After Spitzer, after Paterson, and after Paladino were all scrutinized for
extramarital activities, how could it be inappropriate and unfair for
reporters to ask Andrew Cuomo the question: Were you faithful to your wife?
Hasn’t this been established as a legitimate line of inquiry?
For better or worse, it most assuredly has. And that makes Fred Dicker’s
assault of Carl Paladino last night all the more offensive.
That’s right, it was Dicker’s fault completely. We were at the Sagamore and
saw it happen. It was Dicker who got in Paladino’s face. It was Dicker who
jabbed his finger in Paladino’s chest. It was Dicker who pushed Michael
Caputo when he tried to step between the two men.
Dicker wanted a confrontation. Dicker was goading Paladino. Dicker, as
Caputo said, was out of line. Way out of line.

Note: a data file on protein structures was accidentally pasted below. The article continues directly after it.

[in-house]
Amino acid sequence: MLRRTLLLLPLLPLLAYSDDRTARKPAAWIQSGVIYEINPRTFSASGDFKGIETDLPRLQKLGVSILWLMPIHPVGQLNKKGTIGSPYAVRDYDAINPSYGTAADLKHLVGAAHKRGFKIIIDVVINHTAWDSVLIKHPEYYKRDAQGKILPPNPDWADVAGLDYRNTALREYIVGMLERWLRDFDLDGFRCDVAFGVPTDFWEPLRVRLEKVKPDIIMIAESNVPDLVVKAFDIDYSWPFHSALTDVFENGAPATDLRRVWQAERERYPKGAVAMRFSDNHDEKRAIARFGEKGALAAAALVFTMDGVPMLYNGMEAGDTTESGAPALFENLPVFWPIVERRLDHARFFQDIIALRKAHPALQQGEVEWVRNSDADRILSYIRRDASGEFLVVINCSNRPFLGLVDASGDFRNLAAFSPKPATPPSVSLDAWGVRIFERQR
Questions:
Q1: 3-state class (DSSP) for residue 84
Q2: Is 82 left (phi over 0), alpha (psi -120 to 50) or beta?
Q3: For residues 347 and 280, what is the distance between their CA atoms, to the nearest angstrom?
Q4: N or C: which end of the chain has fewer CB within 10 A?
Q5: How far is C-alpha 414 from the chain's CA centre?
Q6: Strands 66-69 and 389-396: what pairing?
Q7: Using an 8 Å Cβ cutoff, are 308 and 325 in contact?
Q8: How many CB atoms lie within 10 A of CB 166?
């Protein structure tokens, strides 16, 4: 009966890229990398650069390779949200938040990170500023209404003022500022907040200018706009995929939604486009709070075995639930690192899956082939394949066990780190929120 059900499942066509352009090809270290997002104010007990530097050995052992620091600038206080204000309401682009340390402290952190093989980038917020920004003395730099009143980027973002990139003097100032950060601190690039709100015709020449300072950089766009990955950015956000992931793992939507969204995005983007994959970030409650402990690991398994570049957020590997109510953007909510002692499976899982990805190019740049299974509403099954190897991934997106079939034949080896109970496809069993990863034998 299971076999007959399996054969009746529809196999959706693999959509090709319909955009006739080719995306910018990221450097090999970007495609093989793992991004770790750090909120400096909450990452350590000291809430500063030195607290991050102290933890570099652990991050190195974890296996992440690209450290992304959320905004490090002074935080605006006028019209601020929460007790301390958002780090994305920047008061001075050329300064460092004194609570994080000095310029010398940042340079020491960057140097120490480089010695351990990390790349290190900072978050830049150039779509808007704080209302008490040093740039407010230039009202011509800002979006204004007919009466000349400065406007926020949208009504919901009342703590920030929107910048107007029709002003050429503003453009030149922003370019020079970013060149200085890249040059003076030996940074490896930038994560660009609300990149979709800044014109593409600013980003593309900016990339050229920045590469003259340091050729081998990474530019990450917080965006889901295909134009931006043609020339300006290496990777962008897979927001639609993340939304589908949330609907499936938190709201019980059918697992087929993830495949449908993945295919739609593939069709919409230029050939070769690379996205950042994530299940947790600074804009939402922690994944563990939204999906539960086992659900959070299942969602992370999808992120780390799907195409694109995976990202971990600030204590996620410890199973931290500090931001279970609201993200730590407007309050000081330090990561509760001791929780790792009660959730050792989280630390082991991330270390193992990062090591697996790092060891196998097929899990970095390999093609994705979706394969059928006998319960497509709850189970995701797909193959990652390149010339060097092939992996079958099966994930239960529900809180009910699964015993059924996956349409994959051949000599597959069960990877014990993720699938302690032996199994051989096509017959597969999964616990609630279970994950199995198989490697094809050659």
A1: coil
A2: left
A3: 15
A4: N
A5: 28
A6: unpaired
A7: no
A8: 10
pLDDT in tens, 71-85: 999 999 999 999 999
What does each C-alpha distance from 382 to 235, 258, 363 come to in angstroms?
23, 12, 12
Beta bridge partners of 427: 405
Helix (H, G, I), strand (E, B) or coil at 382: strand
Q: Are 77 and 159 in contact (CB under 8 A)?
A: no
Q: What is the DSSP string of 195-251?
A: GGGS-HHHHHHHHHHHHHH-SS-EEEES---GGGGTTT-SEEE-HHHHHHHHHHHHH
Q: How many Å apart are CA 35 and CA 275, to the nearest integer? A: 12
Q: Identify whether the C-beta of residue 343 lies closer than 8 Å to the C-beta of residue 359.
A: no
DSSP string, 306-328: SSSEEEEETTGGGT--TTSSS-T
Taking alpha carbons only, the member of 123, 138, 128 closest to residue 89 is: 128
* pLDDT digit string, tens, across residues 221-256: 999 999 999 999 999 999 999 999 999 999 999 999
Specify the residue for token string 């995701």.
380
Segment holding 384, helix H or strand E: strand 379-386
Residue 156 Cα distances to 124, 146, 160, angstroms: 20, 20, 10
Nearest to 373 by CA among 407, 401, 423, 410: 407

But back to the underlying point. Is Paladino crazy for pointing out a
disparity in media coverage? He has been grilled about his personal life,
but not Cuomo. Why is that?
Cuomo’s people have been urging reporters to delve into Paladino’s
background. Is it unfair and outrageous for Paladino to return the favor?
Is it a meaningful distinction to say that Cuomo, himself, hasn’t done the
dirty work, just his people? We don’t think so. There is no distinction
between the principal and the operatives on a matter like this, and the fact
is that Cuomo’s people have been making personal attacks on Paladino from
And Dicker has done their bidding. Try to deny that. Try to defend Dicker’s
objectivity in this race. You can’t. He’s been promoting Cuomo’s candidacy
Last night, Dicker took it on himself to defend Cuomo’s honor against what
he said was “a smear.” But that is not his responsibility. Dicker’s
responsibility, and the responsibility of other reporters, is to apply an
equal level of scrutiny to the candidates.
Their responsibility is to ask the question.